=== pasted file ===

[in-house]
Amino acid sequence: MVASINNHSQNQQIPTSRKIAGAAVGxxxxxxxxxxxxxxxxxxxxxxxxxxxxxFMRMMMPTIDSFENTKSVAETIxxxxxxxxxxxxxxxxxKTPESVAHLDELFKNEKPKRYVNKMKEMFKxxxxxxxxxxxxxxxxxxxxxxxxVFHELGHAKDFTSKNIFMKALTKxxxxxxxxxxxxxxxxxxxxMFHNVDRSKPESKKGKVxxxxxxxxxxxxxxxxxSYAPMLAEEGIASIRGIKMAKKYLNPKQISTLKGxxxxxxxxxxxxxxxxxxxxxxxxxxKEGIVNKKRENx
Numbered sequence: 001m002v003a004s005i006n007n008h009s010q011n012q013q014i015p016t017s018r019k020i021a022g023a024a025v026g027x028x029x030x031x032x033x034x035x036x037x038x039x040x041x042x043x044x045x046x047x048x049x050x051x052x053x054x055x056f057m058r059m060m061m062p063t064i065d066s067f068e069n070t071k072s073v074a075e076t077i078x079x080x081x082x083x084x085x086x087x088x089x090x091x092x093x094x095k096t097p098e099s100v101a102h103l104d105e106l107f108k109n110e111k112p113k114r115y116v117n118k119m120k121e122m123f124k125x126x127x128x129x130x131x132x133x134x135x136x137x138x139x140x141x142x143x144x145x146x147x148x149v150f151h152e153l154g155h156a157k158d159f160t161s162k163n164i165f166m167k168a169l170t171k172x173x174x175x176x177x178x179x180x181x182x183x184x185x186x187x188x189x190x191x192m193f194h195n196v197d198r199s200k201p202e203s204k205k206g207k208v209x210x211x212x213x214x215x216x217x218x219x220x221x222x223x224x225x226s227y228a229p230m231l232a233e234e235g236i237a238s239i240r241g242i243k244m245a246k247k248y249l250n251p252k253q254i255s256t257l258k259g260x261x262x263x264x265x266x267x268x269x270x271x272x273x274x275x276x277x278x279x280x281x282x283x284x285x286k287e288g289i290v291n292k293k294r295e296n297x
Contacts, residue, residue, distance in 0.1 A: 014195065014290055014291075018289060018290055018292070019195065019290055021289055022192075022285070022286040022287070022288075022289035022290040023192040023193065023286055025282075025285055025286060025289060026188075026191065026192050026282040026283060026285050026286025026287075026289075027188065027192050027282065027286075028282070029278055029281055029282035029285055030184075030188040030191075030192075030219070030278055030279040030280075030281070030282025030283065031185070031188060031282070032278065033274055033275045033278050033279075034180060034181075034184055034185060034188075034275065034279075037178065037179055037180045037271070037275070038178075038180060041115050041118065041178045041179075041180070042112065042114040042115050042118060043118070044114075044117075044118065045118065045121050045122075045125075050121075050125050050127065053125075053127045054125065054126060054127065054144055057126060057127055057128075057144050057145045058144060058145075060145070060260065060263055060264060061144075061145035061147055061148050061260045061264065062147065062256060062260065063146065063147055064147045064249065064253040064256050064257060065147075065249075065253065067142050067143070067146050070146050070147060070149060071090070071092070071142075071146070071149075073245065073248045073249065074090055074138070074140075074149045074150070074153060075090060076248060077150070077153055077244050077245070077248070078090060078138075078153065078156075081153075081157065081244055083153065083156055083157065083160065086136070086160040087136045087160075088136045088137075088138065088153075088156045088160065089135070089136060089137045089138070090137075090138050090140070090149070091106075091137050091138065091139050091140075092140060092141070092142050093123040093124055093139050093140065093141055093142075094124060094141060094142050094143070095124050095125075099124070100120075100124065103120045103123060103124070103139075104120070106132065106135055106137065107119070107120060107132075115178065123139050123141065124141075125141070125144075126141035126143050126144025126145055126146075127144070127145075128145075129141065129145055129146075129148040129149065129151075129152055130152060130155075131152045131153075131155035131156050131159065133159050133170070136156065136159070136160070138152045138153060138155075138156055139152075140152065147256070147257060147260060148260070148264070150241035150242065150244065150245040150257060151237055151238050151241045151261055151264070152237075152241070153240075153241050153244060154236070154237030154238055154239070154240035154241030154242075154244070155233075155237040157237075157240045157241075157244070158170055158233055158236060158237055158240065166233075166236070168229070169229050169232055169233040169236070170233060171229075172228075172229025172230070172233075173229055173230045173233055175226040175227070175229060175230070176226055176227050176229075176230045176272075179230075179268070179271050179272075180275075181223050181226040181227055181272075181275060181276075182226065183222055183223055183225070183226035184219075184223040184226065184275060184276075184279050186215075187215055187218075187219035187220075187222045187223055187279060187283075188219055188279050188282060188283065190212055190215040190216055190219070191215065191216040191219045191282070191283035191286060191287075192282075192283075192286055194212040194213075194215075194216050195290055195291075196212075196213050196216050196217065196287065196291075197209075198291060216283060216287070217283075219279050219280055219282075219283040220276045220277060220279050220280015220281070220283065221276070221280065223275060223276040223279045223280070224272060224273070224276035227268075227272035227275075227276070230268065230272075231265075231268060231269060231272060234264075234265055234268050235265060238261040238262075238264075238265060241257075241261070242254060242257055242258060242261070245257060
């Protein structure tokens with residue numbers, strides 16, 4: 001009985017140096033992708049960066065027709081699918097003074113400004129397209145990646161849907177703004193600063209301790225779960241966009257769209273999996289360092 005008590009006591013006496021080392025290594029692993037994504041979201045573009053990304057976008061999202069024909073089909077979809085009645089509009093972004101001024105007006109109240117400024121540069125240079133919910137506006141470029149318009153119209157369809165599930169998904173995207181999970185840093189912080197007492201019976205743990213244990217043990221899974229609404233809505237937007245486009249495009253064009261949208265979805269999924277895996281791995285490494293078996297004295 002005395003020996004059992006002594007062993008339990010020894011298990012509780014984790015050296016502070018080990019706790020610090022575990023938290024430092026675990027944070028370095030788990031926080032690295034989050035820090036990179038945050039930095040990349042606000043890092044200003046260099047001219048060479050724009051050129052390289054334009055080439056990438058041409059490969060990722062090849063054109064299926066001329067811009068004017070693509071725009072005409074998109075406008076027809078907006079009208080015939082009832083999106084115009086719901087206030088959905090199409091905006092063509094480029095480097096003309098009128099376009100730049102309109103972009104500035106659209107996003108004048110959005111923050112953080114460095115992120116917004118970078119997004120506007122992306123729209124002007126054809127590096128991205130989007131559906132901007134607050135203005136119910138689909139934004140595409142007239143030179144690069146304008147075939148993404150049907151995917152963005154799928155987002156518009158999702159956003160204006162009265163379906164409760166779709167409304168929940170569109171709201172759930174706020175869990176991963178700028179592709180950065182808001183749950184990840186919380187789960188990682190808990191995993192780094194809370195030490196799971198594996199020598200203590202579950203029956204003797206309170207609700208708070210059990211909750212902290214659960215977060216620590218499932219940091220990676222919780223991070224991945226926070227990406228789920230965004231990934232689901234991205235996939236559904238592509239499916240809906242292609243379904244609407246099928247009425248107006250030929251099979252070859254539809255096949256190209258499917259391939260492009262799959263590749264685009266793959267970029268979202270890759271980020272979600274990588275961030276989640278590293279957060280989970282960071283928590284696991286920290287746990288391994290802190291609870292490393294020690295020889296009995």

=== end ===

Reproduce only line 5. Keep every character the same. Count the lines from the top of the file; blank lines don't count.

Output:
């Protein structure tokens with residue numbers, strides 16, 4: 001009985017140096033992708049960066065027709081699918097003074113400004129397209145990646161849907177703004193600063209301790225779960241966009257769209273999996289360092 005008590009006591013006496021080392025290594029692993037994504041979201045573009053990304057976008061999202069024909073089909077979809085009645089509009093972004101001024105007006109109240117400024121540069125240079133919910137506006141470029149318009153119209157369809165599930169998904173995207181999970185840093189912080197007492201019976205743990213244990217043990221899974229609404233809505237937007245486009249495009253064009261949208265979805269999924277895996281791995285490494293078996297004295 002005395003020996004059992006002594007062993008339990010020894011298990012509780014984790015050296016502070018080990019706790020610090022575990023938290024430092026675990027944070028370095030788990031926080032690295034989050035820090036990179038945050039930095040990349042606000043890092044200003046260099047001219048060479050724009051050129052390289054334009055080439056990438058041409059490969060990722062090849063054109064299926066001329067811009068004017070693509071725009072005409074998109075406008076027809078907006079009208080015939082009832083999106084115009086719901087206030088959905090199409091905006092063509094480029095480097096003309098009128099376009100730049102309109103972009104500035106659209107996003108004048110959005111923050112953080114460095115992120116917004118970078119997004120506007122992306123729209124002007126054809127590096128991205130989007131559906132901007134607050135203005136119910138689909139934004140595409142007239143030179144690069146304008147075939148993404150049907151995917152963005154799928155987002156518009158999702159956003160204006162009265163379906164409760166779709167409304168929940170569109171709201172759930174706020175869990176991963178700028179592709180950065182808001183749950184990840186919380187789960188990682190808990191995993192780094194809370195030490196799971198594996199020598200203590202579950203029956204003797206309170207609700208708070210059990211909750212902290214659960215977060216620590218499932219940091220990676222919780223991070224991945226926070227990406228789920230965004231990934232689901234991205235996939236559904238592509239499916240809906242292609243379904244609407246099928247009425248107006250030929251099979252070859254539809255096949256190209258499917259391939260492009262799959263590749264685009266793959267970029268979202270890759271980020272979600274990588275961030276989640278590293279957060280989970282960071283928590284696991286920290287746990288391994290802190291609870292490393294020690295020889296009995």